New federal constituency boundaries have been proposed for Saskatchewan. This is part of a redistribution which follows automatically based on the most recent census.
Early on in the process, there were widespread calls from academics, from media and from basically anyone with a lick of sense for the commission to move away from the gerrymandered "rurban" constituency model which saw the cities of Regina and Saskatoon split into four separate ridings with vast rural components.. The net effect of the old model was a massive electoral advantage to the Conservative Party. Indeed, Saskatchewan had the unique distinctions of a) being the only province where there was not a single all urban constituency and b) being the province where the Parliamentary representation was most at odds with the actual election results.
Overall, the commission has done some fairly good work. Saskatoon will consist of two all urban constituncies and one mixed riding with a small proportion of rural voters. Likewise Regina will have two virtually all urban ridings, but the third riding will have a larger proportion of rural voters than the rurban seat in Saskatoon. Indeed, the proposed new Regina - Qu'Appelle is virtually unchanged from the current version except for the addition of the Walsh Acres neighbourhood in Regina and a few minor tweaks in the rural boundary at the east end of the seat.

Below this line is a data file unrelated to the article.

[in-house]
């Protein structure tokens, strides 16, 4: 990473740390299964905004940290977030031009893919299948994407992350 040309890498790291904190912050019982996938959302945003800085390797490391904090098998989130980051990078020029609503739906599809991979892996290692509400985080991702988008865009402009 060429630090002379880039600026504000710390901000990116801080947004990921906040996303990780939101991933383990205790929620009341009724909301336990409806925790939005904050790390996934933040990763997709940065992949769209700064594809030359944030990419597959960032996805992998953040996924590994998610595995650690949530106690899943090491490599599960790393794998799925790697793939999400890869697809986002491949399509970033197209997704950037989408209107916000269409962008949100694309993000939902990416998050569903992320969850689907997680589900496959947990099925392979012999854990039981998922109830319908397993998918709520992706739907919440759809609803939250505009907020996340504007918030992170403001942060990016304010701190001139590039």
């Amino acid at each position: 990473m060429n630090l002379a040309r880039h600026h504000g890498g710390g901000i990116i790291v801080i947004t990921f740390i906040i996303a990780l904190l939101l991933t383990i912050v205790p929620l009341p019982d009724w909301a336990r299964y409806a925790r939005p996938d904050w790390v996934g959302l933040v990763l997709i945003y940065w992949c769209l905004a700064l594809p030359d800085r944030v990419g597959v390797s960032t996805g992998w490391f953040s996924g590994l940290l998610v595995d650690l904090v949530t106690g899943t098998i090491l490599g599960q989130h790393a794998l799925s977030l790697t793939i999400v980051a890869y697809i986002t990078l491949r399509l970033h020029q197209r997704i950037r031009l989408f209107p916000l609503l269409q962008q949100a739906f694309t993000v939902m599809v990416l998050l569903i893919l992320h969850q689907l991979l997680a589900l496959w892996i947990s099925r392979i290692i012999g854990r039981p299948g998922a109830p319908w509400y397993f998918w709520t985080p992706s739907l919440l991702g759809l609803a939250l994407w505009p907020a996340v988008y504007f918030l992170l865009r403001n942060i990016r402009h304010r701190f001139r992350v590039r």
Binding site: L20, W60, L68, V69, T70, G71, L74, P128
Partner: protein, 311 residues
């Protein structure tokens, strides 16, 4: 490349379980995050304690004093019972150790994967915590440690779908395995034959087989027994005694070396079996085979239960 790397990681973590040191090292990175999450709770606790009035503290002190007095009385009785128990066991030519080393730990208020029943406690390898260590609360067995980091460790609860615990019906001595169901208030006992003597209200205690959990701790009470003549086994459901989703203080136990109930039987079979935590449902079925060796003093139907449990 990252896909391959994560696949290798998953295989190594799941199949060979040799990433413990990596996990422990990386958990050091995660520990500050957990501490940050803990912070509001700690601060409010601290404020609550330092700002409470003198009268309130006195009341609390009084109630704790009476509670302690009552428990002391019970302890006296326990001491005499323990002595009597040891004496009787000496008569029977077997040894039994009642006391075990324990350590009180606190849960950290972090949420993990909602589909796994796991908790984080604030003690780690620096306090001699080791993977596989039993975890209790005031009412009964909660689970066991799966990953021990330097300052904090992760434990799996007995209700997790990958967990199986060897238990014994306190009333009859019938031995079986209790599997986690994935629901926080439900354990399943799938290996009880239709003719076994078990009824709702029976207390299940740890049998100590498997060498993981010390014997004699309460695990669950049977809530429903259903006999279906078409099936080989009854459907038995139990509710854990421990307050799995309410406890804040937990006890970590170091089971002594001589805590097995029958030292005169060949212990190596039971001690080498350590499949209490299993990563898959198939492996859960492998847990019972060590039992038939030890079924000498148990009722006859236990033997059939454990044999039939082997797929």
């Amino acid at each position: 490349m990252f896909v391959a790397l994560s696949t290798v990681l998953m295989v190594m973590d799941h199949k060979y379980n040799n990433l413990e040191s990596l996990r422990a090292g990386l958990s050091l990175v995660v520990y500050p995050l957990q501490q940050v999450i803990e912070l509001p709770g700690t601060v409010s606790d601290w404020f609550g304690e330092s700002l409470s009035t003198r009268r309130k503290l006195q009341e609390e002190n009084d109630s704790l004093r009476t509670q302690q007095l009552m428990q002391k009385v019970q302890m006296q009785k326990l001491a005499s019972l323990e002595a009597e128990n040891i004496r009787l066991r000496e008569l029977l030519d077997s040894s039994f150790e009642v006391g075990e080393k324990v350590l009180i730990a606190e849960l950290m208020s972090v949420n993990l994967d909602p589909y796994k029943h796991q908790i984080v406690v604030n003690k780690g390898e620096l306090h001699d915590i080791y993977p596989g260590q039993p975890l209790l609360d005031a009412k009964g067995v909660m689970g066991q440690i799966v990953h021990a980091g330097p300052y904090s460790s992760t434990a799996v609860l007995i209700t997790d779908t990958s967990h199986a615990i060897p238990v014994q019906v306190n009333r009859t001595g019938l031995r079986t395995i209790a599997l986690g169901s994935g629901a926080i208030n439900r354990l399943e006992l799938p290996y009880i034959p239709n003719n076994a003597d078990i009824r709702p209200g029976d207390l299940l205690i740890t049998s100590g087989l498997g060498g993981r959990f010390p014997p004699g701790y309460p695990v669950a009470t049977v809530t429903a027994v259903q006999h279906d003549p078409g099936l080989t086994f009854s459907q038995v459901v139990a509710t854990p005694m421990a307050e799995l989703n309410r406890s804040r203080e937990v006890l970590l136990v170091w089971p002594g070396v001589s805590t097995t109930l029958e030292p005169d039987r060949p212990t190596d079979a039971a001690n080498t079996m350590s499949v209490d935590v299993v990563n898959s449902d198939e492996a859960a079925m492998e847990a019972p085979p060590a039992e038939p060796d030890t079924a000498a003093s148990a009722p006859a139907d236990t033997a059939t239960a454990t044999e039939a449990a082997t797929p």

As mentioned, the changes to Regina - Qu'Appelle are very minor, much to the joy (no doubt) of Commons Speaker Andrew Scheer. But the changes to Wascana are also very limited, principally in the loss of rural areas. Long time Liberal MP Ralph Goodale should be pleased - although he may decide not to run again in 2015 since he'll be collecting his Canada Pension and eligible for a very handsome Parliamentary pension as well. If Ralph (who wins despite being a Liberal, not because of it) were to retire, the seat would likely become a Conservative - NDP marginal with a slight edge to the Conservatives.